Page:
‘Our job is to teach, and we get to do our job now’; New Iron County School District superintendent shares vision

Lance Hatch, the newly appointed superintendent of Iron County School District, Cedar City, Utah, May 25, 2021 | Photo by Jeff Richards, St. George News / Cedar City News

CEDAR CITY — Lance Hatch, Iron County School District’s new superintendent as of July 1, was officially sworn in during Tuesday’s school board meeting. 

Lance Hatch, Iron County School District’s new superintendent, is sworn in during school board meeting, Cedar City, Utah, July 27, 2021 | Photo by Jeff Richards, St. George News / Cedar City News

Hatch recently sat down with Cedar City News and discussed his vision for Iron County schools. A native of La Sal, Utah and a career educator, Hatch most recently was the superintendent of Carbon School District in Price, a position he held for four years. 

In his new role at the helm of Iron County School District, Hatch succeeds Shannon Dulaney, who recently retired after eight years as superintendent.

“As a superintendent, I’ve learned probably the most important thing that I can do is listen and learn,” Hatch said. “And then, those things that need to be done manifest themselves, right?”

“I am not coming in with a list of things that I want to see done,” he added. “What I really want to do is learn about Iron School District, the successes and the challenges, and then work side-by-side with our amazing educators and solve problems.”

Hatch talked about how he would accomplish this.

“I do have approaches that I’ve found to be successful, as far as philosophy of the district’s role,” he said. “And I believe strongly in the professionalism of teachers. We expect teachers to be professional, therefore, we need to treat them as professionals, and we trust them to make good decisions. But we have an obligation as a district to be very clear about our expectations, and to provide support for them to develop the competencies that they need, and the skills and knowledge that they need to be able to be successful.”

“So that’s my role, and I want to stick to that lane,” Hatch added. “I don’t want to get too far into how they’re going to do that at the classroom level, because that’s their job. My job is to help them to have the skills and knowledge that they need, and to be very clear about what’s expected.”

Hatch said he recently surveyed district personnel via email and asked them a simple question: “What do you wish your superintendent knew?”

The number one response, he said, was that Iron County School District is the best.

“That’s what they want me to know,” he said. “They love it. They love working here. They have success with student learning. Every district can improve and should improve constantly. But this is a great place and a great district. I’m just excited to be here.”

Hatch said he expects the school environment to be markedly different than it was last year, as the district, along with others throughout the state, will no longer require masks or facial coverings to be worn in school.

“I think it’s going to be much better than last year,” he said, adding, “I am not in complete control of that. I know that the health department or the governor could do something tomorrow that would upset the apple cart, but I’ve been told, and in my meetings, it’s pretty clear that there’s really no desire from either of those entities to go back to what we were doing last year.”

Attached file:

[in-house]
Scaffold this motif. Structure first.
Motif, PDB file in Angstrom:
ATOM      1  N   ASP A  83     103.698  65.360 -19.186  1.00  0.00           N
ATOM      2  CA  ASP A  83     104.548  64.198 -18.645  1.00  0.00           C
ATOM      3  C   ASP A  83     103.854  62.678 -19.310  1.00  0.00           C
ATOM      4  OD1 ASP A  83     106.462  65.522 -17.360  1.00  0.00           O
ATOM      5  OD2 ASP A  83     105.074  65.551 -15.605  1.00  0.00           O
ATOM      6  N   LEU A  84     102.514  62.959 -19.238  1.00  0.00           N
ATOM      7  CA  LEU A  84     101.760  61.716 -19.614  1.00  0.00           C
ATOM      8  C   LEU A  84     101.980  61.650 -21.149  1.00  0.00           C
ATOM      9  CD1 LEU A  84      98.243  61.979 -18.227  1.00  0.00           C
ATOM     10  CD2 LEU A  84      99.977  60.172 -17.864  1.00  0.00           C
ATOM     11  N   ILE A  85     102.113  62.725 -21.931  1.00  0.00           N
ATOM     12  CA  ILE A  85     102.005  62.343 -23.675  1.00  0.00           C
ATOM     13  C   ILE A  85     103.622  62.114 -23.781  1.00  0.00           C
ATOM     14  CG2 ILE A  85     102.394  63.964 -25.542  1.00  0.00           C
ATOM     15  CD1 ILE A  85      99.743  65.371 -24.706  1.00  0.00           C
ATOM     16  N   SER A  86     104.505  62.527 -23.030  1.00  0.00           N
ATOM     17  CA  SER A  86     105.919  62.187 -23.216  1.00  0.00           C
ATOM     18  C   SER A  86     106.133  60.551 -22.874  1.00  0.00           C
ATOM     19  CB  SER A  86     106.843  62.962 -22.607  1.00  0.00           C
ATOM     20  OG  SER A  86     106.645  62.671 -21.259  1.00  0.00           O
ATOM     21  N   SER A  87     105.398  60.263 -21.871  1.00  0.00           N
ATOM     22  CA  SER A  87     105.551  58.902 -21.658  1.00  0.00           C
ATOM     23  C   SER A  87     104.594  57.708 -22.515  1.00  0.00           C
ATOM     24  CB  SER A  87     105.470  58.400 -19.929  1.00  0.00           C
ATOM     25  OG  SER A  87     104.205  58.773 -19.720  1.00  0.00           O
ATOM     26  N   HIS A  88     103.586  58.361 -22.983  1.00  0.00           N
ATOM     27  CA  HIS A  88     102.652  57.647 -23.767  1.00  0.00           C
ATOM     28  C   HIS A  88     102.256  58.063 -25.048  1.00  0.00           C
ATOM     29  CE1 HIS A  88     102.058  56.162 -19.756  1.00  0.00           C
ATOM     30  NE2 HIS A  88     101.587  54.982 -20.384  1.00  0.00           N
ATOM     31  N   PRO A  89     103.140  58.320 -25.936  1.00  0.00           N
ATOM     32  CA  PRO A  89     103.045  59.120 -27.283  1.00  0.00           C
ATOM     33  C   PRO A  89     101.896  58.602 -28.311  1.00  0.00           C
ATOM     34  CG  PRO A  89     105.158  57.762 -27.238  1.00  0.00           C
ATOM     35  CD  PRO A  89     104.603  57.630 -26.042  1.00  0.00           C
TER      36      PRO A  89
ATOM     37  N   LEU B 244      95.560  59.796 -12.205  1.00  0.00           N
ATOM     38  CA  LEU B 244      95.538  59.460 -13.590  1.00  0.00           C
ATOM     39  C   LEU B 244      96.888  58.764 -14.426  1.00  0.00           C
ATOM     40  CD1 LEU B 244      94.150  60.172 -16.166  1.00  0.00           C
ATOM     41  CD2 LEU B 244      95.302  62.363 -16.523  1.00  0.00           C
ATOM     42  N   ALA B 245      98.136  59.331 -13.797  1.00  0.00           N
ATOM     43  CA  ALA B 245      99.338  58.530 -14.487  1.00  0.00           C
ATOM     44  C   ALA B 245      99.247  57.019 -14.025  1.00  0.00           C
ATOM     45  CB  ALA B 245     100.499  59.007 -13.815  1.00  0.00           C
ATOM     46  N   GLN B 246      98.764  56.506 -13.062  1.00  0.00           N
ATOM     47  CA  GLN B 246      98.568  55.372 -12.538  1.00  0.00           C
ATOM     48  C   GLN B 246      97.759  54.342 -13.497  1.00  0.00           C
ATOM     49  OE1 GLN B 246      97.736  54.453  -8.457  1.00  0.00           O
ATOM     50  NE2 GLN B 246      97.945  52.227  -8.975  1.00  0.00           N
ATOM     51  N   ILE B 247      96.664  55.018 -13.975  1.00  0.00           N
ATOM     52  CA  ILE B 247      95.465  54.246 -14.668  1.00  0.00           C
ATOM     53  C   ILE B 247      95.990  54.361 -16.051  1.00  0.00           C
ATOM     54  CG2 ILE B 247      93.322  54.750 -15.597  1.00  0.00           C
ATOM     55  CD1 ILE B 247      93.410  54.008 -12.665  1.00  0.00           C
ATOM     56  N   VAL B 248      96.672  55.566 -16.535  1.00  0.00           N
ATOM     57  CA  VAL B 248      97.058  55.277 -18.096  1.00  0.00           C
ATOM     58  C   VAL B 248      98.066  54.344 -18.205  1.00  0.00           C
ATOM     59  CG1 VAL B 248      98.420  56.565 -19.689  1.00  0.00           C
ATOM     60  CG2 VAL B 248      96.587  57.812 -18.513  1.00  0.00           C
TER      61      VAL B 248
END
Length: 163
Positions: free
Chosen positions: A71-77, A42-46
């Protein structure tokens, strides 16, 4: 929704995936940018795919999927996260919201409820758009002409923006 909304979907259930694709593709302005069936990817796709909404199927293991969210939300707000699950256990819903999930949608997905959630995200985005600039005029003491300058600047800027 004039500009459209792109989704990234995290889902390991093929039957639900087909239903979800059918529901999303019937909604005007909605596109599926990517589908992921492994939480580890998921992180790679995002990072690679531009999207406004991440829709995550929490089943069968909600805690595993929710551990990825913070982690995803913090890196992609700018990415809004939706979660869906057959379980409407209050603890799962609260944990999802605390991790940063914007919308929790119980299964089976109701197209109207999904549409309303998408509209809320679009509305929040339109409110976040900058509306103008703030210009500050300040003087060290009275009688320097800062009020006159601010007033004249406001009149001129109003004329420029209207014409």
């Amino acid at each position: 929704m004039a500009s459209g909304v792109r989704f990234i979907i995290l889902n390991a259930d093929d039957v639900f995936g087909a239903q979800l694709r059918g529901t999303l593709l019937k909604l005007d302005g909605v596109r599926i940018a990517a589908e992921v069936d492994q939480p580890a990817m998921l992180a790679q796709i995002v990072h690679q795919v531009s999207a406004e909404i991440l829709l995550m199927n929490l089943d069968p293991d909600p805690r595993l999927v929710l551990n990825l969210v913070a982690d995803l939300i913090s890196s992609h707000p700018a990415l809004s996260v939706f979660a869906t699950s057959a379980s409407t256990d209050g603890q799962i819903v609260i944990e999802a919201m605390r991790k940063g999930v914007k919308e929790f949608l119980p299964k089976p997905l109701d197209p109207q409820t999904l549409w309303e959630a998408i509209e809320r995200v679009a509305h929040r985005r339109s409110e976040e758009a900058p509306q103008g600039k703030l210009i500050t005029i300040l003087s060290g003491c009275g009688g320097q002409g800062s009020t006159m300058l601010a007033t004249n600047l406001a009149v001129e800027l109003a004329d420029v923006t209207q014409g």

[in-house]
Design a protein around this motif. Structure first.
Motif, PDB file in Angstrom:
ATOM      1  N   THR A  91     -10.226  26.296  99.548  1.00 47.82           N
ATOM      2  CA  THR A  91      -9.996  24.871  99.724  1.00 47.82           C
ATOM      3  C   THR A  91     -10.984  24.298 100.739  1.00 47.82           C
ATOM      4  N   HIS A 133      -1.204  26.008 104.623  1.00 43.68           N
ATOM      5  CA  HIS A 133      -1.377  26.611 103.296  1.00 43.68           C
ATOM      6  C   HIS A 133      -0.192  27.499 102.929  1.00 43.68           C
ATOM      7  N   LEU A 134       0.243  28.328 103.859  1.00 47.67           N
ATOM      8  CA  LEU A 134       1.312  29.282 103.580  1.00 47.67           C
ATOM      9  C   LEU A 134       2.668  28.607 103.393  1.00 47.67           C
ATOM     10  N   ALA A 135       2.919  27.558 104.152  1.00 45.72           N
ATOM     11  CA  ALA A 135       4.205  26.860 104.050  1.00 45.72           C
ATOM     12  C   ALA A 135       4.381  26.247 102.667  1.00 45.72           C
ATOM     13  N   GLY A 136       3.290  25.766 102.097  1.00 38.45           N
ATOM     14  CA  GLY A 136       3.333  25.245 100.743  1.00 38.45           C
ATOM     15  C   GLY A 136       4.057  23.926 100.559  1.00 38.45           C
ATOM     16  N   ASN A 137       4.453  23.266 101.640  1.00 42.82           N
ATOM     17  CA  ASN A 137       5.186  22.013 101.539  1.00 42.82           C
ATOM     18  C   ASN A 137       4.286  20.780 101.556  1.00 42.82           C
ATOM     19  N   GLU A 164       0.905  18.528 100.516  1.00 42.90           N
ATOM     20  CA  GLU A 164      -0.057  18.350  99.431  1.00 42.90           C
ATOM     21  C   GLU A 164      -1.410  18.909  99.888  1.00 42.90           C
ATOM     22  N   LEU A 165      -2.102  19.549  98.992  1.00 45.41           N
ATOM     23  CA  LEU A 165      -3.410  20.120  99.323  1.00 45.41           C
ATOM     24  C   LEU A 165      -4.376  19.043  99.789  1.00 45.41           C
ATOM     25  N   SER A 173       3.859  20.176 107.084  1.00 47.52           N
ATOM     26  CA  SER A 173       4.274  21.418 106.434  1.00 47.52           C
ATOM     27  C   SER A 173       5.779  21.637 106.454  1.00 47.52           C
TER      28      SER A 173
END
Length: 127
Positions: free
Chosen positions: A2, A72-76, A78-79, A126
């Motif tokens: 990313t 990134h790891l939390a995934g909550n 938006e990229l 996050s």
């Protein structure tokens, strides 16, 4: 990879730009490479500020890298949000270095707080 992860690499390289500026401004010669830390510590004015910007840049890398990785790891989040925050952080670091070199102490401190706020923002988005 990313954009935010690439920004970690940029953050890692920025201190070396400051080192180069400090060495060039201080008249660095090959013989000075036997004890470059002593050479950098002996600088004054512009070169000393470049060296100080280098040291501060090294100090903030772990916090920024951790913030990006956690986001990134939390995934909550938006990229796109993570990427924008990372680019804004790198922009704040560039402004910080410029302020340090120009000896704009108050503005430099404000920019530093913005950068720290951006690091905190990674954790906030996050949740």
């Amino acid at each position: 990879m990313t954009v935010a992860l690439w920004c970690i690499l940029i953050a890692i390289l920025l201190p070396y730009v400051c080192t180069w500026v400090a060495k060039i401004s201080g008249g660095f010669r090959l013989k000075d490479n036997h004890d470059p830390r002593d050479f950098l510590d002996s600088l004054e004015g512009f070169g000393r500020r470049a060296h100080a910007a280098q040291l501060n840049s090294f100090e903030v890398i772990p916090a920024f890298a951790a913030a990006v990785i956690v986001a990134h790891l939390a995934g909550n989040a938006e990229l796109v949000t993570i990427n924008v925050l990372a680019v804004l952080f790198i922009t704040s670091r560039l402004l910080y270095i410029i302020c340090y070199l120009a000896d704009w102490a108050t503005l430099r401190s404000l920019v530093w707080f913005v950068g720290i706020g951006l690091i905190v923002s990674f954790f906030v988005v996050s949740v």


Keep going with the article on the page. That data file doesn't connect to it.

“It looks like our priorities are going to be that all healthy students ought to be in school,” Hatch said. “And if they’re sick, they should probably stay home, just as it always has been.”

Hatch said it also appears that students will not be required to undergo regular COVID tests in order to participate in sports and other extracurricular activities.

“Testing students so that they can play or participate is not going to be there unless we’re required to do it. But it doesn’t appear that that’s the case,” he said. “The only thing that we know for certain that we’re going to be required to do is if any of our schools has ended up with 30 positive cases at one time, then we would have to do something called ‘test to stay’. Now, even at the height of COVID last year, no schools in Iron School District came even close to having that many. In fact, they never even hit the 15 mark last year.”

“So, there’s a very small probability that we would have to do anything like that,” he said. “Other than that, we want to focus on the learning that needs to be happening and get back to the business of educating students.”

COVID-19 was on Hatch’s mind quite a bit last year.

“Quite honestly, COVID was quite a distraction. We were inventing, how to just survive from day to day, and we were being thrown a lot of things,” he said. “But you know, we’re very excited that we get to get back to the reason why we exist. And that’s to make sure our students master the knowledge and skills outlined in the Utah Core Standards.”

“First of all, we want kids in school. Second of all, we want to make sure they’re safe while they’re there,” he added. “And then, once they’re there and they’re safe, remember, our job is to teach, and we get to do our job now. And that’s pretty exciting.”

Hatch said he’s looking forward to meeting district teachers and staff at the district-wide opening institute scheduled for the morning of Aug. 13 at Cedar High School. 

“I’m going to do the keynote this year,” he said, “I’ll be kind of an introduction to me and I’ll share some, some fun stuff with everybody to get things started off. It’ll be fun. I’m looking forward to that.”

Iron County School District students will return to the classrooms for the first day of school the following Tuesday, Aug. 17.

Copyright St. George News, SaintGeorgeUtah.com LLC, 2021, all rights reserved.

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